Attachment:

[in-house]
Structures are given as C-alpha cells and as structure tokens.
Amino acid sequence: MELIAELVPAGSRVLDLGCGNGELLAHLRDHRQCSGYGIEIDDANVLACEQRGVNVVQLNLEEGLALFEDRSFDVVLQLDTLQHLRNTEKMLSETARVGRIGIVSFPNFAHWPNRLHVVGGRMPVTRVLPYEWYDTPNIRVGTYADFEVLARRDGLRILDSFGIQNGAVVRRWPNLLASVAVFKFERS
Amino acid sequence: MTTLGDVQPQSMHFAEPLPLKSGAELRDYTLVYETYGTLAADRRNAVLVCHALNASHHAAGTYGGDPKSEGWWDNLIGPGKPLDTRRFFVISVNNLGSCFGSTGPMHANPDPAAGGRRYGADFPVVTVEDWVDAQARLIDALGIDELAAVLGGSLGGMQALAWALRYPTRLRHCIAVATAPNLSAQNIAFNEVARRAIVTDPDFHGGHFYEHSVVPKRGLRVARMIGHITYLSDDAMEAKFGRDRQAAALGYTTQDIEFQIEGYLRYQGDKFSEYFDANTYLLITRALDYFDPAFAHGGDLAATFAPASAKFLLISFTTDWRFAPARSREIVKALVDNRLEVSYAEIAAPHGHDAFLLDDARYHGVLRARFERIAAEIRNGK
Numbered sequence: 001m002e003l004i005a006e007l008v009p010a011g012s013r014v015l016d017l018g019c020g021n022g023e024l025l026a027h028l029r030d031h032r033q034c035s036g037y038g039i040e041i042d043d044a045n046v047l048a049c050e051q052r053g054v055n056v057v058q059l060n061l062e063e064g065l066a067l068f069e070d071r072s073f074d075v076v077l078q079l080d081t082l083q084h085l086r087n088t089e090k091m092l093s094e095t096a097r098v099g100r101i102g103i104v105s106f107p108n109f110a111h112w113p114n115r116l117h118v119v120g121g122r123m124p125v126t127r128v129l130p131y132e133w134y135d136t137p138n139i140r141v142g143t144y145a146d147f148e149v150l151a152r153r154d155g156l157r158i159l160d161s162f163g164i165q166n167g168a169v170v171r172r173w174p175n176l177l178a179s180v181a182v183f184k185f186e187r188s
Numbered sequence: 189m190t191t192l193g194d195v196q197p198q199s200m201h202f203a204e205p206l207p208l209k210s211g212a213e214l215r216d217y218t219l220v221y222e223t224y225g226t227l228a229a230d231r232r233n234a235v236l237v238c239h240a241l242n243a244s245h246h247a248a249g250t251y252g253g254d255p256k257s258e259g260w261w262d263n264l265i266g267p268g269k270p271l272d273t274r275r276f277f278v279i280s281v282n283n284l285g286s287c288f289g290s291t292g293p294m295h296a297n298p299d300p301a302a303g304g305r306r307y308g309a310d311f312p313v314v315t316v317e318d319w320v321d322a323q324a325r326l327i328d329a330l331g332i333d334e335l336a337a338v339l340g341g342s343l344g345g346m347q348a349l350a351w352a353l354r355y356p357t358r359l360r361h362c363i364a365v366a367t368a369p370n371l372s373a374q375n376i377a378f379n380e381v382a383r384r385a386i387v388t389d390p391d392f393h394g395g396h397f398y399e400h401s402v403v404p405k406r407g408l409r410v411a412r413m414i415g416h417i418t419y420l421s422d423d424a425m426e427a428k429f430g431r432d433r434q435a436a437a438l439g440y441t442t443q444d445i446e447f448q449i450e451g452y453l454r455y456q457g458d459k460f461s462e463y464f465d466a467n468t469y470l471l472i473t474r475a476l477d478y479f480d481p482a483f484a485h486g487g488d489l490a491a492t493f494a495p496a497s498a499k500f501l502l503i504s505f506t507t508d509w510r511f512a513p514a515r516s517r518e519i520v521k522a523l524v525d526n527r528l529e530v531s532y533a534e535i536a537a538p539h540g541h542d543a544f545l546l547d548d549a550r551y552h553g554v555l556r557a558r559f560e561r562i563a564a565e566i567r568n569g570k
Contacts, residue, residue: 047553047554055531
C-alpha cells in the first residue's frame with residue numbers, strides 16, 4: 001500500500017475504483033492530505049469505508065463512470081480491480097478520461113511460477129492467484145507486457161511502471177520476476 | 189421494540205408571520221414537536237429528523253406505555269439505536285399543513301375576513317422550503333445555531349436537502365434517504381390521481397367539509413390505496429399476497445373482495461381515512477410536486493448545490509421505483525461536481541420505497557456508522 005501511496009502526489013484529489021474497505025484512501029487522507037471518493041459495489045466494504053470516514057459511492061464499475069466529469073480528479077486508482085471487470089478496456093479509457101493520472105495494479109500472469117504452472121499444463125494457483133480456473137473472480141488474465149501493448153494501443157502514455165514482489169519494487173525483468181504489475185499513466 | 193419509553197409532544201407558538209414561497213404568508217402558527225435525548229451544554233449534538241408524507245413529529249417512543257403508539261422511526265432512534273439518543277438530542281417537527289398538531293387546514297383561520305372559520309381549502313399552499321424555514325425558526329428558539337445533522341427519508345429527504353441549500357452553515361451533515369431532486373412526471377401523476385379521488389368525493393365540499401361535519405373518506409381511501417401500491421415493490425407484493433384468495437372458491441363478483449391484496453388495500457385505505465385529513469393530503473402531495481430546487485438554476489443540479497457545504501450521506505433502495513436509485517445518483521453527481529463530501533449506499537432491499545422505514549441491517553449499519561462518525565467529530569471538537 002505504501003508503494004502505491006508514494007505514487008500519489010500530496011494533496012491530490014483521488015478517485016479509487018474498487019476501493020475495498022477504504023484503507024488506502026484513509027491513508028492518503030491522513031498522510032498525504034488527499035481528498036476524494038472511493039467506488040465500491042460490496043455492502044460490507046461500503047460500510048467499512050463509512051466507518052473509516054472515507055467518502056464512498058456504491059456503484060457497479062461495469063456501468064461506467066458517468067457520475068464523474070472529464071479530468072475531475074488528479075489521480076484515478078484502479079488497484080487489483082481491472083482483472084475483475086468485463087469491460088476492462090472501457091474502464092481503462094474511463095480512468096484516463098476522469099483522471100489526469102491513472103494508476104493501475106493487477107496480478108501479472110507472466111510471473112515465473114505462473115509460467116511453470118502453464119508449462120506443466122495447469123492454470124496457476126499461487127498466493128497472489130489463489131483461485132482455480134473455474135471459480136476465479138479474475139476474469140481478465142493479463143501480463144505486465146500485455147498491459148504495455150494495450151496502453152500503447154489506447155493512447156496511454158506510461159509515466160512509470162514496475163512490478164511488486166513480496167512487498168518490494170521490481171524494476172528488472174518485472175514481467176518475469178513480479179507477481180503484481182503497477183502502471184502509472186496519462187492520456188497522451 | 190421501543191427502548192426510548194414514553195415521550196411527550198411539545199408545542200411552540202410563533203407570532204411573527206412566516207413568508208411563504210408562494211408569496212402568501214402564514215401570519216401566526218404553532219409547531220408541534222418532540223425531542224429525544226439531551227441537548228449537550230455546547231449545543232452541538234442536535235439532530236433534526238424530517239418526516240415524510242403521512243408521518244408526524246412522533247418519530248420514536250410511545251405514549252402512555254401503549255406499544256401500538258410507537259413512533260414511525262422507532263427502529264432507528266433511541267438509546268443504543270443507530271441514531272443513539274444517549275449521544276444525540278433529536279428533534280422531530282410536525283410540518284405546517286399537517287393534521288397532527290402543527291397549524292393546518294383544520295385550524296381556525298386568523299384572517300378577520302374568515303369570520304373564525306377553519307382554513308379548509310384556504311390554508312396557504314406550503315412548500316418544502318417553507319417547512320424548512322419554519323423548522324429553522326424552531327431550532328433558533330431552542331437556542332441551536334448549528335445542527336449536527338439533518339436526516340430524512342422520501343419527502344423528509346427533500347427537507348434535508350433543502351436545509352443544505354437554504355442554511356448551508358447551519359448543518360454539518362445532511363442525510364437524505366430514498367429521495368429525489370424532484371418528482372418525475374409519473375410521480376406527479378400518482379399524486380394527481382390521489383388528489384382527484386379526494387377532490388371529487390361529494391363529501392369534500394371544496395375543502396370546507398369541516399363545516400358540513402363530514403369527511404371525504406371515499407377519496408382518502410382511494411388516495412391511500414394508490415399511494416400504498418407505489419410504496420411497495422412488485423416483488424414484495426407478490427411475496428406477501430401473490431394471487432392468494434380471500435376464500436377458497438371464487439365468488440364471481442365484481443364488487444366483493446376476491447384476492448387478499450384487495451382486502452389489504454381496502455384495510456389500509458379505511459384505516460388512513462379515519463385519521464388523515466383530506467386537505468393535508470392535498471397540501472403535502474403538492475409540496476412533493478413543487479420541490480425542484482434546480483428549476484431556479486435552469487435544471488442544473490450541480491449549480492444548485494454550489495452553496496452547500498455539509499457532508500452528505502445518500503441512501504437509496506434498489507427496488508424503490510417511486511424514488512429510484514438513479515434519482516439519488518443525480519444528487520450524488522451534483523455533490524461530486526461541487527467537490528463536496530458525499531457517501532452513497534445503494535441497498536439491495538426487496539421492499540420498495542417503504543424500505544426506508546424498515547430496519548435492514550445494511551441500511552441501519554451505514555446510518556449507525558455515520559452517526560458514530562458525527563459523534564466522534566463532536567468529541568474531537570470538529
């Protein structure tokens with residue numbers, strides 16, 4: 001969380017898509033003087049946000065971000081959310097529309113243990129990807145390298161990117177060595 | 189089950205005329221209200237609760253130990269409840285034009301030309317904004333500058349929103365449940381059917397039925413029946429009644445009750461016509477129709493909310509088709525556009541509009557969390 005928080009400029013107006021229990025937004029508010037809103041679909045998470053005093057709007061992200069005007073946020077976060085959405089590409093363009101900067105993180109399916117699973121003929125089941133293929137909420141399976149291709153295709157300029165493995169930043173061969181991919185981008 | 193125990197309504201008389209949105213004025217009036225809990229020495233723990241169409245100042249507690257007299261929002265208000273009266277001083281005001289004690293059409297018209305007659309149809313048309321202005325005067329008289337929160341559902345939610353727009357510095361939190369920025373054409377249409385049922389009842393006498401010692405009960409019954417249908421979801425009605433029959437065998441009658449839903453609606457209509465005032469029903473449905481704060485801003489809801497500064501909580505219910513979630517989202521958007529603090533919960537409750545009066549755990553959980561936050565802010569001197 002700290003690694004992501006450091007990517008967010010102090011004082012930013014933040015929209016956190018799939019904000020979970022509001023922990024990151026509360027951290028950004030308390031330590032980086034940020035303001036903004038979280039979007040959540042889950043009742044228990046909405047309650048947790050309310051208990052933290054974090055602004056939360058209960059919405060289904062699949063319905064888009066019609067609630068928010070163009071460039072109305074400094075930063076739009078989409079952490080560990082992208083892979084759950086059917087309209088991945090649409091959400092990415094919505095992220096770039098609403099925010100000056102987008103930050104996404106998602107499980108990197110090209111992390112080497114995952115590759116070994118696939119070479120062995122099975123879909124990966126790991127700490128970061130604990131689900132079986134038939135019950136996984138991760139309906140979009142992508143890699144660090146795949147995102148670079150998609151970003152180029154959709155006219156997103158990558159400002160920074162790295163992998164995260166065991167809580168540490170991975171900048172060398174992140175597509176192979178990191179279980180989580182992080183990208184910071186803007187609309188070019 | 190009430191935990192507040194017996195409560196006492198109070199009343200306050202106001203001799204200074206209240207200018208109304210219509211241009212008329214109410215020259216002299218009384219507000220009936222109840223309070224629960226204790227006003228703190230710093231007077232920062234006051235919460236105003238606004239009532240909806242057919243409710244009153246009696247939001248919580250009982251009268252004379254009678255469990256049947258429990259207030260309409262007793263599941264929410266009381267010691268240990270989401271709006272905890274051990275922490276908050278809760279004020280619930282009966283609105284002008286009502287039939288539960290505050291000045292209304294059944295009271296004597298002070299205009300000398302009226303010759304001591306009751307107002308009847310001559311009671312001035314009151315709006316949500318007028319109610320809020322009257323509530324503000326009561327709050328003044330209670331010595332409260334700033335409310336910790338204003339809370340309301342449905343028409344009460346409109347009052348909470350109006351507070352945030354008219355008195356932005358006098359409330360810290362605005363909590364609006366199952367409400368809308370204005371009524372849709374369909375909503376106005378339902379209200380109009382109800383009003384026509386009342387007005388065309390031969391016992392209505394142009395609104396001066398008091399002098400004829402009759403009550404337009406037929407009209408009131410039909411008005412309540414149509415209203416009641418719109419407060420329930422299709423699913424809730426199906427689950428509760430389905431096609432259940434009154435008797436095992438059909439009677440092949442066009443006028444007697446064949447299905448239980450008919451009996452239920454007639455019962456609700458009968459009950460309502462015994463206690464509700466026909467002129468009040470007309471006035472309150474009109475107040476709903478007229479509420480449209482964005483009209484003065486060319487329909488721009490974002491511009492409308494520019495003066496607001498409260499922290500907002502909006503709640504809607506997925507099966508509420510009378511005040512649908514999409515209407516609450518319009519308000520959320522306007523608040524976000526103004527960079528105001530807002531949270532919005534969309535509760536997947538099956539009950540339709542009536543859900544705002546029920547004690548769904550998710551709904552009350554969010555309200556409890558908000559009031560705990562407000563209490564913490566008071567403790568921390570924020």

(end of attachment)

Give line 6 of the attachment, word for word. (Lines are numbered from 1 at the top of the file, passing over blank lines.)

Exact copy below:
Numbered sequence: 189m190t191t192l193g194d195v196q197p198q199s200m201h202f203a204e205p206l207p208l209k210s211g212a213e214l215r216d217y218t219l220v221y222e223t224y225g226t227l228a229a230d231r232r233n234a235v236l237v238c239h240a241l242n243a244s245h246h247a248a249g250t251y252g253g254d255p256k257s258e259g260w261w262d263n264l265i266g267p268g269k270p271l272d273t274r275r276f277f278v279i280s281v282n283n284l285g286s287c288f289g290s291t292g293p294m295h296a297n298p299d300p301a302a303g304g305r306r307y308g309a310d311f312p313v314v315t316v317e318d319w320v321d322a323q324a325r326l327i328d329a330l331g332i333d334e335l336a337a338v339l340g341g342s343l344g345g346m347q348a349l350a351w352a353l354r355y356p357t358r359l360r361h362c363i364a365v366a367t368a369p370n371l372s373a374q375n376i377a378f379n380e381v382a383r384r385a386i387v388t389d390p391d392f393h394g395g396h397f398y399e400h401s402v403v404p405k406r407g408l409r410v411a412r413m414i415g416h417i418t419y420l421s422d423d424a425m426e427a428k429f430g431r432d433r434q435a436a437a438l439g440y441t442t443q444d445i446e447f448q449i450e451g452y453l454r455y456q457g458d459k460f461s462e463y464f465d466a467n468t469y470l471l472i473t474r475a476l477d478y479f480d481p482a483f484a485h486g487g488d489l490a491a492t493f494a495p496a497s498a499k500f501l502l503i504s505f506t507t508d509w510r511f512a513p514a515r516s517r518e519i520v521k522a523l524v525d526n527r528l529e530v531s532y533a534e535i536a537a538p539h540g541h542d543a544f545l546l547d548d549a550r551y552h553g554v555l556r557a558r559f560e561r562i563a564a565e566i567r568n569g570k